In this week’s Weekly English Practice ECP coach Darren talks about the positive side of recycling and sustainability. Read the WEP to find out more about Dublin’s ecopreneurs!
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Practices that have always made environmental sense are now making business sense
Look at this vocabulary and find it in the text:
swirling: move in a twisting or spiralling pattern. revolve, circulate
hipster hood: neighbourhood where you can find lots of hipsters
end up: to finally be in a particular place or situation
ecopreneurs: Entrepreneur who creates/sells environmentally friendly products
buzzword: a word or phrase, often an item of jargon, that is fashionable at a particular time or in a particular context
premises: a house or building, together with its land and outbuildings, occupied by a business
ghastly: something horrible or terrible
light is shining out my backside: used for saying that someone thinks that they are very special or that someone else is very special
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The roasting machine at Imbibe Coffee is swirling hot beans and a delicious smell down a lane in Dolphin’s Barn. So far, so familiar; another sunny morning in an artisan coffee roaster in Dublin’s hipster hood.
The difference here is that most of the beans won’t end up in plastic and foil-lined bags with plastic valves. Instead, they’ll be sealed in refillable metal buckets and delivered to coffee shops around Dublin, in a growing minimal waste wholesale coffee operation.
Gary Grant and his three colleagues in Imbibe are part of a new wave of ecopreneurs, small food and drink businesses doing things with a real focus on the environment. It’s “conscious capitalism”, his friend and business partner Vincent Cahill of Lilliput Trading Stores chimes in.
Practices that have always made environmental sense suddenly now make business sense. Conscious consumerism is on the rise, and sustainability is the buzzword for everything from meat-free menus to wine on tap.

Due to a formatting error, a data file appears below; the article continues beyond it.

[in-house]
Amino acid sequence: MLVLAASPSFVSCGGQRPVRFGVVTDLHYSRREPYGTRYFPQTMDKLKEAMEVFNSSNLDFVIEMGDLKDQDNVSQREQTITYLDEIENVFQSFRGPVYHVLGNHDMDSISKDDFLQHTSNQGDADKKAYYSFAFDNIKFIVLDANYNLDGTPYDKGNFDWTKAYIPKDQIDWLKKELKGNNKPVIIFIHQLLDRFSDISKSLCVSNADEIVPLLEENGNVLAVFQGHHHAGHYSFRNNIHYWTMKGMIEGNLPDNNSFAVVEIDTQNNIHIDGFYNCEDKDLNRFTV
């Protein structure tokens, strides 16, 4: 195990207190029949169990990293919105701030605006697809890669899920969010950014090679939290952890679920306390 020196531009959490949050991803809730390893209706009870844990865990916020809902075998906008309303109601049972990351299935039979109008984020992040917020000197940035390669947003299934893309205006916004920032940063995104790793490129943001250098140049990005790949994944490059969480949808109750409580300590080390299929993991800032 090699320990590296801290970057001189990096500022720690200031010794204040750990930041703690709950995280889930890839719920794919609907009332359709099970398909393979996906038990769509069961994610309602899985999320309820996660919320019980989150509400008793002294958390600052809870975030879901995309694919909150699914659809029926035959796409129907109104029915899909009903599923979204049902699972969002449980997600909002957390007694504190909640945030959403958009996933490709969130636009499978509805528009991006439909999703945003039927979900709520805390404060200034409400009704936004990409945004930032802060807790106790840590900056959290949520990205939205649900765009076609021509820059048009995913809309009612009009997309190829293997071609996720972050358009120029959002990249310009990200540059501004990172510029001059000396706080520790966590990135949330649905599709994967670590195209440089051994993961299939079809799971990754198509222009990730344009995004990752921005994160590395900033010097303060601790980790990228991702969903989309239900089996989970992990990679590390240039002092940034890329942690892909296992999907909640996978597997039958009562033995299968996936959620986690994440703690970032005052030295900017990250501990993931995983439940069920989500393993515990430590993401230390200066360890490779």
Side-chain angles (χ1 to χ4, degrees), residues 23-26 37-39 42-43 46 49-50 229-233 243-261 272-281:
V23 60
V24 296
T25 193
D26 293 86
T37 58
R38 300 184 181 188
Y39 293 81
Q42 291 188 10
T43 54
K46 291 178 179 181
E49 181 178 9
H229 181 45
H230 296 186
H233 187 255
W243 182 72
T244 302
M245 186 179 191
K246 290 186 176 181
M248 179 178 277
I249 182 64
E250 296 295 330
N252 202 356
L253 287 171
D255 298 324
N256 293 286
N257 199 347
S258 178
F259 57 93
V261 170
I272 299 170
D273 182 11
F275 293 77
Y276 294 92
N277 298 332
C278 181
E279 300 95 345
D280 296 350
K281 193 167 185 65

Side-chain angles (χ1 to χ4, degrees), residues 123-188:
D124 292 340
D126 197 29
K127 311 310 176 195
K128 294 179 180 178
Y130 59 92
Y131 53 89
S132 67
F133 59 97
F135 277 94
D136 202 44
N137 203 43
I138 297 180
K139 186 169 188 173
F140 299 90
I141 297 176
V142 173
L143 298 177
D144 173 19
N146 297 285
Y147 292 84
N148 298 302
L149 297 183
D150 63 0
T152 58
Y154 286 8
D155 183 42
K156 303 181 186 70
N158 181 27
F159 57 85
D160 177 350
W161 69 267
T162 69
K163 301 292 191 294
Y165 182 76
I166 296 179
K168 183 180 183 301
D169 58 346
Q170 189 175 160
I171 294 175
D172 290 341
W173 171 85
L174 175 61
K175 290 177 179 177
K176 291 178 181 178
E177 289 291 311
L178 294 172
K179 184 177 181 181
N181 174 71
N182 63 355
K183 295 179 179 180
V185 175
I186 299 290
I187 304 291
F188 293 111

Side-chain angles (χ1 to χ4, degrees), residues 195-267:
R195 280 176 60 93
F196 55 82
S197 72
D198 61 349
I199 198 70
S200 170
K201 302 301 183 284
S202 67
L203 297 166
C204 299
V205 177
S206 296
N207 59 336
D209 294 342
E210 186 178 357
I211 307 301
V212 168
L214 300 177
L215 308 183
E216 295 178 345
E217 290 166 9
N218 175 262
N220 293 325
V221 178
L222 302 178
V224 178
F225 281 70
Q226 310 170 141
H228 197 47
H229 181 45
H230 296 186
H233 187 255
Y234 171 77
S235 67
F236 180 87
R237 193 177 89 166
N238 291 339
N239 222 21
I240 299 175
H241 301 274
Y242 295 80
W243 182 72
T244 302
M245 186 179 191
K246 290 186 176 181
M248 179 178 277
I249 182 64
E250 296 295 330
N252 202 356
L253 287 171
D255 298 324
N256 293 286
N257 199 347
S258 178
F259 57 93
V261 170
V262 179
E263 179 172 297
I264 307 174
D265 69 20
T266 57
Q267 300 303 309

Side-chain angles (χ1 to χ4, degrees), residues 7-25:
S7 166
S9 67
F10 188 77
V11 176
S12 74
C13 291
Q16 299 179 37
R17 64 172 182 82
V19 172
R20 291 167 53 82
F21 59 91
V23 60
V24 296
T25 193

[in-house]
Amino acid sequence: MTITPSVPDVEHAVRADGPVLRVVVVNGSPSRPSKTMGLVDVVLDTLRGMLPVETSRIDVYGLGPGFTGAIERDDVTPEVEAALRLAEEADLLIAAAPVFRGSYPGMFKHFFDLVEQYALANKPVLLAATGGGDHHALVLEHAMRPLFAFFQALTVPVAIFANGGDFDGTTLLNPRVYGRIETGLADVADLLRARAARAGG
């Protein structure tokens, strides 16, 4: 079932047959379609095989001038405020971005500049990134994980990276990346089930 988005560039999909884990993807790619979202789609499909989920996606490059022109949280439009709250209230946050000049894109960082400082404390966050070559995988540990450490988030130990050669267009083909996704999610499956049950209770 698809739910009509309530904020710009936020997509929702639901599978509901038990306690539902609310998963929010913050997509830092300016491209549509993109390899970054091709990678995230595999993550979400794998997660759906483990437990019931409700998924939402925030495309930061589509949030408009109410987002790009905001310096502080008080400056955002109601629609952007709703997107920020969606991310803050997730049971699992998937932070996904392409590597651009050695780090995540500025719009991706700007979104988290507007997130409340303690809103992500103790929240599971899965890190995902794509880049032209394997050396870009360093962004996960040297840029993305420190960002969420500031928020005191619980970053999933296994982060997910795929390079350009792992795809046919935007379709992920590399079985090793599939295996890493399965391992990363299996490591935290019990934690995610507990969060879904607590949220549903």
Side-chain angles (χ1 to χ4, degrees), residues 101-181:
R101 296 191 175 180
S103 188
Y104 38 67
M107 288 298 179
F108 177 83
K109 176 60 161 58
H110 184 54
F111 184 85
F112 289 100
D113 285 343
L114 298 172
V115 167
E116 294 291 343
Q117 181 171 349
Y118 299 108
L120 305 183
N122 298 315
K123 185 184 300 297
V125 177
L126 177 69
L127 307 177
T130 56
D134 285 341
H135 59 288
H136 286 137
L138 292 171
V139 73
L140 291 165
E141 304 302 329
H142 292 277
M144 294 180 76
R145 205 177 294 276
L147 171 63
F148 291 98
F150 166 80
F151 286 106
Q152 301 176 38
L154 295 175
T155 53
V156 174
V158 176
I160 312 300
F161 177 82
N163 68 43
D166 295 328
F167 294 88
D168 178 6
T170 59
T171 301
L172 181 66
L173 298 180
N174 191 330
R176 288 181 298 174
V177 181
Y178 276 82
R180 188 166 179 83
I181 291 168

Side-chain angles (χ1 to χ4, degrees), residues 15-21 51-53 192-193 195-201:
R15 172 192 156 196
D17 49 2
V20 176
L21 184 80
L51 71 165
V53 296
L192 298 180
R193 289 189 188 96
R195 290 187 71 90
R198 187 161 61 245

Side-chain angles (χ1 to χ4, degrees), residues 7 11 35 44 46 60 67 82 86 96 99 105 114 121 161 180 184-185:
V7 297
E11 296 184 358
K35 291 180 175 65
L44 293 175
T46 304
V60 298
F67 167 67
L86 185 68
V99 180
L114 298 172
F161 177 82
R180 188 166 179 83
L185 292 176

Thom Lawson knows he’s not going to save the planet by refusing his customers paper receipts in his Asian restaurant Lucky Tortoise. But he’s sticking to his guns. The customer can see their receipt on a tablet and have it emailed. But not everyone has been happy.
Taking dairy and beef off the menu because of its carbon footprint earned Lawson some serious online outrage. “My girlfriend’s an engineer. A lot of her work is based around sustainability and change. We talk about it all the time.”
When you find yourself looking at 15 bags of rubbish “for a tiny little premises” you realise restaurants are some of the biggest producers of waste per square metre of any business, Lawson says. “I think restaurants are disgustingly wasteful . . . and destroying the environment is a ridiculous thing to consider okay in the pursuit of money.”
So all the drinks in Lucky Tortoise come on tap. “We have no cans, no bottles.” Wine by the glass from WineLab measures up to anything Lawson has tasted, he says. But the TripAdvisor feedback has been “how ghastly” and “where on earth has that come from?”
People judge a wine by what they’re familiar with, Lawson says, and they like the feel of a “bottle on the table”. Menus are written on the walls. Water is filtered and carbonated from the tap and served for free. Technology has also been used to eliminate paper from the operation. Kitchen dockets are on screen.
“I’m not claiming to be perfect or a shining light,” Lawson insists at the end of the interview. “I don’t want to preach. I don’t think the light is shining out of my backside. I’m just doing me, and hopefully that makes a small difference.”
Adapted from this The Irish Times article written by Catherine Cleary
Let’s chat about that!
Write your opinions in an email and send them to your ECP coach!
- Do you know any eco friendly bar/restaurant where you live?
- Would this type of business be popular where you live? Why/not?
- Are you conscious of buying eco-friendly products when you go shopping?
- Do you make a conscious effort to avoid excess waste of plastics?
- What do you do that hopefully makes a small difference?